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Knowledge of the funding opportunities available for people with disabilities in Ontario can help in all aspects of life. SCIO staff are here to help connect you with information on funding sources and community supports to reduce stress and get you closer to your goals. Here is a summary of some current sources.

Ontario Disability Support Program (ODSP)

If you need help with your living expenses, you may be eligible for the Ontario Disability Support Program (ODSP).

ODSP income support provides monthly financial assistance to help with the costs of basic needs, like food, clothing and shelter. Income support also includes benefits, like drug coverage and vision care, for you and your eligible family members.

Employment services and supports are also available to help you find and keep a job and advance your career.

» Learn more about ODSP eligibility 

Woman wheeling down an urabn street in her wheelchair.

Disability Tax Credit (DTC)

Tax credits and deductions are available for you and for your supporting family members and caregivers. These credits help to reduce the amount of income tax you and your supporting persons have to pay, given the unavoidable additional expenses of living with an SCI.

Being eligible for the DTC can open the door to other federal, provincial, or territorial programs such as the registered disability savings plan, the working income tax benefit, and the child disability benefit.

You are eligible for the DTC if the government approves you after a completed Form T2201, Disability Tax Credit Certificate, is submitted. A medical practitioner has to fill out and certify that you have a severe and prolonged impairment and must describe its effects.

» See the eligibility criteria for the disability tax credit to learn more about the requirements.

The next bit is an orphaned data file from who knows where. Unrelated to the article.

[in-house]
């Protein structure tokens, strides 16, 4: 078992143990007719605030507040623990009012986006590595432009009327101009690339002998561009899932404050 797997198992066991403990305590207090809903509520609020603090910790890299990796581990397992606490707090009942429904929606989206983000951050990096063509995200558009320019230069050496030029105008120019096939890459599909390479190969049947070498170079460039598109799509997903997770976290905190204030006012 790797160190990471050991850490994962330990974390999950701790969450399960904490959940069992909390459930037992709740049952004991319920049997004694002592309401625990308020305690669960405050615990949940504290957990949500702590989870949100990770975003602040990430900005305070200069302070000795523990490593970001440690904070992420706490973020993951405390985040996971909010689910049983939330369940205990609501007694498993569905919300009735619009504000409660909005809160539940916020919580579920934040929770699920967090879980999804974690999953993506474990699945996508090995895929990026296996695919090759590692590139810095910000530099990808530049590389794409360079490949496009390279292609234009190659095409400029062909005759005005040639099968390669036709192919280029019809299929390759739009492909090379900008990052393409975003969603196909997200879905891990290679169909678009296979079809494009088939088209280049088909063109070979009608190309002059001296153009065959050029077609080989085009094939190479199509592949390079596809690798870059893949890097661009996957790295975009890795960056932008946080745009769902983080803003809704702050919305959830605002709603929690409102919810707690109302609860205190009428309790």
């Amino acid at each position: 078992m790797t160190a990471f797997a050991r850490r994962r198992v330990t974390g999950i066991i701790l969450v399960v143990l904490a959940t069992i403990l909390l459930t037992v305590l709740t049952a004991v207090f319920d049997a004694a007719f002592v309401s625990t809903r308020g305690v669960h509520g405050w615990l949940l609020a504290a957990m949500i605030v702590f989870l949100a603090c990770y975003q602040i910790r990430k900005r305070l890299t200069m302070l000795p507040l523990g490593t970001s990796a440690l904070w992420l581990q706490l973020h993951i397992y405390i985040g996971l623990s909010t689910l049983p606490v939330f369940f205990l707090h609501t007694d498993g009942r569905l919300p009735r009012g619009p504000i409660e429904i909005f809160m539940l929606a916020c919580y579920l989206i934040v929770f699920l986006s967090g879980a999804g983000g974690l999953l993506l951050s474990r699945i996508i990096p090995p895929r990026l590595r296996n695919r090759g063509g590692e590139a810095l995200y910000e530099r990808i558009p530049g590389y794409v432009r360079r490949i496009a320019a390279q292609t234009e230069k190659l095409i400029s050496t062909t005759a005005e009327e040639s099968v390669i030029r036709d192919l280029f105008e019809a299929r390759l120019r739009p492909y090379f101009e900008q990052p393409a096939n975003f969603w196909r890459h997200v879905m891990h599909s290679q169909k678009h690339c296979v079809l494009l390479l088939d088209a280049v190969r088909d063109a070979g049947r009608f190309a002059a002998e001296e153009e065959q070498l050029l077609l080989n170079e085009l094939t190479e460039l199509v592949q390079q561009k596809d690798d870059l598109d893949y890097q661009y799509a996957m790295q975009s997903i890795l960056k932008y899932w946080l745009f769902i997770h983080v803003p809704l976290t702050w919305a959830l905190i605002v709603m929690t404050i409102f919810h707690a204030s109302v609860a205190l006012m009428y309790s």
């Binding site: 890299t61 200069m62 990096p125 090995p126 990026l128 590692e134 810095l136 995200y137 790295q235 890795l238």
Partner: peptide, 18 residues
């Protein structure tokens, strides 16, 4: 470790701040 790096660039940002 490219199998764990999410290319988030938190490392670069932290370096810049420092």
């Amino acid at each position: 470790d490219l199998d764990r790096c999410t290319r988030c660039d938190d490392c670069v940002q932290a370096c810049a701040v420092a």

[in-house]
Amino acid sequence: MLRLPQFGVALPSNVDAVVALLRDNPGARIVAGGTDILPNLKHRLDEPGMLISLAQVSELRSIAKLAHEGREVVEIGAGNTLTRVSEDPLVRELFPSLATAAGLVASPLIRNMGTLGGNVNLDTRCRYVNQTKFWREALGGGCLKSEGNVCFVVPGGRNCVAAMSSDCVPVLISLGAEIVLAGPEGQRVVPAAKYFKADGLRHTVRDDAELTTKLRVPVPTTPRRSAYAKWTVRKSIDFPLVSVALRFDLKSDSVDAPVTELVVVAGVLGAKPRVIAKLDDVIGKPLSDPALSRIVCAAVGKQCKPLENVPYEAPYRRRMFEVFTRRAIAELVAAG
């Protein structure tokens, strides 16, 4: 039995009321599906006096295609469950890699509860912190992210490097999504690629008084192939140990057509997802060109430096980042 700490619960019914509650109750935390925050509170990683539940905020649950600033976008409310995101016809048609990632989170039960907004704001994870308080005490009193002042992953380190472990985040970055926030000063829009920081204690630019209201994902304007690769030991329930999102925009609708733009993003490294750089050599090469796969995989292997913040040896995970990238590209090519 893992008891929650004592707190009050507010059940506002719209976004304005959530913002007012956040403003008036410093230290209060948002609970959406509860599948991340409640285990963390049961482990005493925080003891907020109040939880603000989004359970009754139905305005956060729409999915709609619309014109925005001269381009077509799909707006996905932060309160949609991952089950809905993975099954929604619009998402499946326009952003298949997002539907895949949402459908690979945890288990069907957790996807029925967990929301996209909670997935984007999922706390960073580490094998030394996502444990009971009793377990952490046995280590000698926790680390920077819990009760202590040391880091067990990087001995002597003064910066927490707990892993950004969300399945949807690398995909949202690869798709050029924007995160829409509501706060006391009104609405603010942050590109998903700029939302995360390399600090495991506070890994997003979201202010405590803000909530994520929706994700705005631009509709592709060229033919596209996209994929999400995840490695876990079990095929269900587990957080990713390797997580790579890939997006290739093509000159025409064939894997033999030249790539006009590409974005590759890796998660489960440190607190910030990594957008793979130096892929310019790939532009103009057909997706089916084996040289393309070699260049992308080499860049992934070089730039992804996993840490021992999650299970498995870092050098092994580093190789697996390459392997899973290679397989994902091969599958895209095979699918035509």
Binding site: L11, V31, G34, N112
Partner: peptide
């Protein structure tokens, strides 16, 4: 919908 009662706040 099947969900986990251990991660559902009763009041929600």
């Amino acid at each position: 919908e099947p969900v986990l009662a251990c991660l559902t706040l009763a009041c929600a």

Registered Disability Savings Plan (RDSP)

A registered disability savings plan (RDSP) is a plan that is intended to help parents and people who are living with a disability save for your long-term financial security if you are eligible for the disability tax credit (DTC).

Contributions to an RDSP are not tax deductible and can be made until the end of the year in which you turn 59. Contributions that are withdrawn are not included as your income when they are paid out of an RDSP. However, the Canada disability savings grant, the Canada disability savings bond, investment income earned in the plan, and the proceeds from rollovers are included in your income for tax purposes when they are paid out of the RDSP.

You will be eligible for an RDSP if you are eligible for the disability tax credit (DTC), have a valid social insurance number, are a resident of Canada and are under the age of 60.

» Get more information about eligibility, who can contribute to an RDSP, and much more.

Ontario Assistive Devices Program (ADP)

If your SCI has led to a long-term physical disability, you can get help paying for equipment and supplies when you qualify for the Assistive Devices Program.

To qualify, you must be an Ontario resident, have a valid Ontario health card and have a disability requiring the equipment or supplies for six months or longer.

The ADP helps to cover costs for mobility aids such as wheelchairs (manual, power and scooters), power add-ons (devices added to a manual wheelchair), positioning devices (e.g. cushions, back and head supports, power tilt and recline), forearm crutches, walkers and standers. In addition to mobility aids, the ADP will contribute to the cost of a variety of aids/equipment/supplies required as a result of a permanent disability.

The Ontario government website lists qualifying criteria, what is/isn’t covered and application process.

Funding for Education.

The Bursary for Students with Disabilities (BSWD) and the Canada Student Grant for Services and Equipment for Persons with Permanent Disabilities (CSG-PDSE) (link to https://osap.gov.on.ca/OSAPPortal/en/A-ZListofAid/PRDR019233.html ) can help full and part-time post-secondary students with the costs of their disability-related educational services and equipment. A person may receive assistance for the disability-related accommodations they require, such as note-takers, tutors, interpreters or technical aids while they’re in post-secondary studies.

Other sources of funding for education include the NEADS National Student Awards Program, the Severe Permanent Disability Benefit and the Ontario Student Assistance Program (OSAP).

Depending on need and circumstances, there are a variety of other sources to help people with a disability with funding for different things.  Contact your local Regional Services Coordinator at SCIO to learn more about what is available.